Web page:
Along with her fellow panellists, Dr Bates shared insights and evidence on the higher risks of brain injury and premature mortality for premature babies. The Committee heard that preterm babies age prematurely: suffer increased risk of psychiatric problems, cardiovascular problems, and their chances of high blood pressure are doubled; there is a 10% increase in gastrointestinal problems; 10% increase in diabetes; and a significant increase in asthma.

The Committee also heard that over two-thirds of the infant mortality rate is related to prematurity, with 41% of all child deaths occurring in the neonatal period and 46% of all deaths before the age of 10 being attributable to preterm birth.

Professor Gale highlighted that brain injury is a major problem with around 1,000 babies being affected by preterm brain injuries every year, and that preterm babies have a nine times increased risk of cerebral palsy.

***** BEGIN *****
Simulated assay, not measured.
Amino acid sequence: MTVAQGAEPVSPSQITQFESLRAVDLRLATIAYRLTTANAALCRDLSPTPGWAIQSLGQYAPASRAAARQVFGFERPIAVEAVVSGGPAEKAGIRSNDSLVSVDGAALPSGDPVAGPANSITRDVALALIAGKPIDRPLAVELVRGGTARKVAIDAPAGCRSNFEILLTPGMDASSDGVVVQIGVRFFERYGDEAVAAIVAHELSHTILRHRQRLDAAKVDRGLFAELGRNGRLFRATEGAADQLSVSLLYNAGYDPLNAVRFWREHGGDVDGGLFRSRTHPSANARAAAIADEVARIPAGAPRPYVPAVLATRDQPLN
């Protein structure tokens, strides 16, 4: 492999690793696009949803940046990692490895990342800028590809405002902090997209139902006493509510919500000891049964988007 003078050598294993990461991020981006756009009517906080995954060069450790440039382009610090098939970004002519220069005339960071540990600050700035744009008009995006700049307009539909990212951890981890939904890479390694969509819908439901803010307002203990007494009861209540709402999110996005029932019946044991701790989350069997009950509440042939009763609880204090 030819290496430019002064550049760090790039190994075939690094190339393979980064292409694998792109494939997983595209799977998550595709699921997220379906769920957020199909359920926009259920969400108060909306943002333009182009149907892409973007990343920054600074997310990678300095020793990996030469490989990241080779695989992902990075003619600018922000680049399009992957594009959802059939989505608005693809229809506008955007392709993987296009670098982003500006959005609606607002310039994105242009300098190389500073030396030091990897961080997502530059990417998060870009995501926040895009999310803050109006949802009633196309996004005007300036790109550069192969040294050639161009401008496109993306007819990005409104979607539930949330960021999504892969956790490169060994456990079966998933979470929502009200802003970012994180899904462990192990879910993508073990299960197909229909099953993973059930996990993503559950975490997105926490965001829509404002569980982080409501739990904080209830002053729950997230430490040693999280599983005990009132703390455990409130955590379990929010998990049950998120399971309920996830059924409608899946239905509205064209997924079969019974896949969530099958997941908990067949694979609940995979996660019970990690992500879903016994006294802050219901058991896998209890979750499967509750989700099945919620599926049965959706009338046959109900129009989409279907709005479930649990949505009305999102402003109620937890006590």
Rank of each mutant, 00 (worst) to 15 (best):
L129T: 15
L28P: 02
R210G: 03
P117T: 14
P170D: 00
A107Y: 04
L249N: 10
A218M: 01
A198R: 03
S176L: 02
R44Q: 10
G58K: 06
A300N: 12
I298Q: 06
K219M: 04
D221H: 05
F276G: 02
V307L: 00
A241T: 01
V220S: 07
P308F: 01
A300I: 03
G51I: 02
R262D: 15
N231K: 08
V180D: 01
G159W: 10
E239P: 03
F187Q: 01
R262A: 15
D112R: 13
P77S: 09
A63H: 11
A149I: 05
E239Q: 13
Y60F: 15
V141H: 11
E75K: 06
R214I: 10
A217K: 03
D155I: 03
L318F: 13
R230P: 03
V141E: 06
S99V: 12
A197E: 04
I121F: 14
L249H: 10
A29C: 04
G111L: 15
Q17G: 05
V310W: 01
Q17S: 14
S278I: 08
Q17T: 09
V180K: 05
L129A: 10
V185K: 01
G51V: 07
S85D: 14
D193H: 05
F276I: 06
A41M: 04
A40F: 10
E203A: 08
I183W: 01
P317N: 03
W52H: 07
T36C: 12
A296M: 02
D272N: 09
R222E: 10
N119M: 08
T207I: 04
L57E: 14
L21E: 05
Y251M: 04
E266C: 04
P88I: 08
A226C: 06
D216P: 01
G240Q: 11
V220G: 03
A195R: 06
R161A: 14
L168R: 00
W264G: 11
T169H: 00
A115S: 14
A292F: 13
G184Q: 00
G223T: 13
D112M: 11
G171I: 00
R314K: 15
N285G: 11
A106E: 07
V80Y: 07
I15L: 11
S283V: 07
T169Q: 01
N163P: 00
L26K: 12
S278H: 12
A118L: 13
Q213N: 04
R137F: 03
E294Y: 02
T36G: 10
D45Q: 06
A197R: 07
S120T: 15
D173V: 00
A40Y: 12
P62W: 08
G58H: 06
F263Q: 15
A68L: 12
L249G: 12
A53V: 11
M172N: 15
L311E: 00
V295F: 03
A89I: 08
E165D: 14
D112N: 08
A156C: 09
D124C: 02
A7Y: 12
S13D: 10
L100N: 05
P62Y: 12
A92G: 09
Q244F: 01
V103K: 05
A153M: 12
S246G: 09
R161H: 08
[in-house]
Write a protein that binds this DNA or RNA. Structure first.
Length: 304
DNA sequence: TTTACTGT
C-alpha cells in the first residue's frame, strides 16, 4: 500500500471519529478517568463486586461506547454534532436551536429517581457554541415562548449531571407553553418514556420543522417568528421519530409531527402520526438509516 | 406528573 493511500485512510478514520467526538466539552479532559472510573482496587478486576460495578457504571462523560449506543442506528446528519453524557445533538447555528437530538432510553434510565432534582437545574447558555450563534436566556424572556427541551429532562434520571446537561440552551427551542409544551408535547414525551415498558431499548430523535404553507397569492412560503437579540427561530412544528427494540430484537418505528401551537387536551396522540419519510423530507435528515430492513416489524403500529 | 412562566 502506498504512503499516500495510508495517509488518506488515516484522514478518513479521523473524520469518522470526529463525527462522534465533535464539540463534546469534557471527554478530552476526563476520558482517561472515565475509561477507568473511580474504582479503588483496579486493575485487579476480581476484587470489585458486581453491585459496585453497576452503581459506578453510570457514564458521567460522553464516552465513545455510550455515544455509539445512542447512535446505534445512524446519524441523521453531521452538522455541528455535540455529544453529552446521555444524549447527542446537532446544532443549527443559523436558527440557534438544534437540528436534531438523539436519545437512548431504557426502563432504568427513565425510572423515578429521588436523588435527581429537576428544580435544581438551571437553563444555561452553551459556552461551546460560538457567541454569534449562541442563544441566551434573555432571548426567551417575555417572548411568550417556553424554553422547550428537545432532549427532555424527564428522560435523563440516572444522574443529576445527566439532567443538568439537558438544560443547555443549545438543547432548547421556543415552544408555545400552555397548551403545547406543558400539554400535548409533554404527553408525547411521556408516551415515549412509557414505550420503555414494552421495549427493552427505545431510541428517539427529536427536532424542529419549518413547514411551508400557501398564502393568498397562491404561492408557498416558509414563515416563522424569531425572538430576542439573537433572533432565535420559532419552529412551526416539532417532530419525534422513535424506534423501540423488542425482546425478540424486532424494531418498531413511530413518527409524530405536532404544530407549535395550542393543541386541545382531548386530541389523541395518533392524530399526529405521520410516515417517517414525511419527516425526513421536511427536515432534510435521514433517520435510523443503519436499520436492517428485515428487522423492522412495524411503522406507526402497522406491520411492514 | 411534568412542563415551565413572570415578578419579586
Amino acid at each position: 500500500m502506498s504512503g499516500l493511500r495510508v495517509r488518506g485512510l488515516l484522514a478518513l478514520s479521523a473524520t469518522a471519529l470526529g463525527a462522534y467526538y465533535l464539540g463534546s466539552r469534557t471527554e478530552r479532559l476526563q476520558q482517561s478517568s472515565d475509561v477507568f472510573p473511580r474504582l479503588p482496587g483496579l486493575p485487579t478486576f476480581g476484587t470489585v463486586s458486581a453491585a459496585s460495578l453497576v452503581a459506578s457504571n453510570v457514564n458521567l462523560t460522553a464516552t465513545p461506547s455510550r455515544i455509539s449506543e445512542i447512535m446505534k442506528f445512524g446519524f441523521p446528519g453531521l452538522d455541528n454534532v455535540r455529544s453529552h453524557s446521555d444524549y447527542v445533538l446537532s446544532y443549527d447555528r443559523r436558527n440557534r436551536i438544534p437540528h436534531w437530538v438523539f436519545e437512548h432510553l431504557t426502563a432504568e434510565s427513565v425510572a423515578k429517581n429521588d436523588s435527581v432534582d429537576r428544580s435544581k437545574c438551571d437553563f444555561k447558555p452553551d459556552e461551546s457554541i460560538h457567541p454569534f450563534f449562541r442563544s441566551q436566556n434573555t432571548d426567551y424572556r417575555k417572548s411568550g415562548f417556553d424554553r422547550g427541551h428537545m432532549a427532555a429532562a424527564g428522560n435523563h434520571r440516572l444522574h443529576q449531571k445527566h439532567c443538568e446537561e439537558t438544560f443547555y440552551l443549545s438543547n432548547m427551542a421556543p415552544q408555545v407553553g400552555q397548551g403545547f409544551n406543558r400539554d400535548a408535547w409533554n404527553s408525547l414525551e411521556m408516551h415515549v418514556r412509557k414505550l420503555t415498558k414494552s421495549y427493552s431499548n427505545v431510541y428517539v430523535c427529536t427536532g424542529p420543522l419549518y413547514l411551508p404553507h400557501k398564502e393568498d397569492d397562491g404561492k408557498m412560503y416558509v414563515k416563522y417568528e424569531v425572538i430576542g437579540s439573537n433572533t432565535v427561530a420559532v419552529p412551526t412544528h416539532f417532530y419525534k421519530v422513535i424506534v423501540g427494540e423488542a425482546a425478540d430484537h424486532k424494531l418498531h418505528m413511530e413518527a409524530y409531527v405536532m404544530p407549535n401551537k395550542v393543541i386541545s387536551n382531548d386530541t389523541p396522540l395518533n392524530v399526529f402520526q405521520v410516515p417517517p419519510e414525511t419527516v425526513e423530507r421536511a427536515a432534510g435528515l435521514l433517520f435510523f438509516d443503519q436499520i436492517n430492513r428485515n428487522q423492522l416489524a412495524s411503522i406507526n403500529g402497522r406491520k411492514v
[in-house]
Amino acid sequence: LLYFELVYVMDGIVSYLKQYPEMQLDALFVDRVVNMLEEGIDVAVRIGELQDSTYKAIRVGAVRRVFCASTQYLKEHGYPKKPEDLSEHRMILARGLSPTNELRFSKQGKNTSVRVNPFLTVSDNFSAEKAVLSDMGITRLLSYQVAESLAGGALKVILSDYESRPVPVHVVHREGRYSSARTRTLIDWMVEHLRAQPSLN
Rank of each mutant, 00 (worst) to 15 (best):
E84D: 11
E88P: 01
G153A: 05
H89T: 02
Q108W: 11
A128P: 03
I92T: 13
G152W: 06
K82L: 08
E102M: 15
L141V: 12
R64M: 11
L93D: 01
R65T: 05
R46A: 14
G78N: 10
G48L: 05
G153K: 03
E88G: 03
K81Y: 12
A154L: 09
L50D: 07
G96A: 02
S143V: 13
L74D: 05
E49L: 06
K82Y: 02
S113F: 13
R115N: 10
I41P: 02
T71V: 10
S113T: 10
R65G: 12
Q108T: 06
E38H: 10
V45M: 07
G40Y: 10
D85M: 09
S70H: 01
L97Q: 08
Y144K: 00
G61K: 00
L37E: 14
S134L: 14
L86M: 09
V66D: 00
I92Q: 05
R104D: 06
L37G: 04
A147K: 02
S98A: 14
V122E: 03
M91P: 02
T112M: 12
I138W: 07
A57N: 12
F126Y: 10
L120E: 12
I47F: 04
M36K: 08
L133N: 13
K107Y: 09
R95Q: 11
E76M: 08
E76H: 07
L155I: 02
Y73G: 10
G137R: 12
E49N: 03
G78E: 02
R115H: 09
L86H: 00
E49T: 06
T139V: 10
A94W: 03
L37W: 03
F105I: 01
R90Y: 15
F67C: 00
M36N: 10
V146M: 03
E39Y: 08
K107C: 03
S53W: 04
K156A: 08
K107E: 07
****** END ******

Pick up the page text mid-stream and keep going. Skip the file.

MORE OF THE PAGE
In response to a question about how good quality neonatal care can reduce these problems, the panel explained that how putting individual, low-cost interventions, such as delayed cord clamping and antenatal steroids, together into an optimisation care pathway is a powerful way of not just altering survival significantly but also of altering that long term trajectory.

Dr Bates drew on her insight and experience as the National Quality Lead for Perinatal Medicine for the British Association of Perinatal Medicine (BAPM), and her role as Operational Clinical Lead for the PERIPrem programme, one such care bundle, in the South West of England.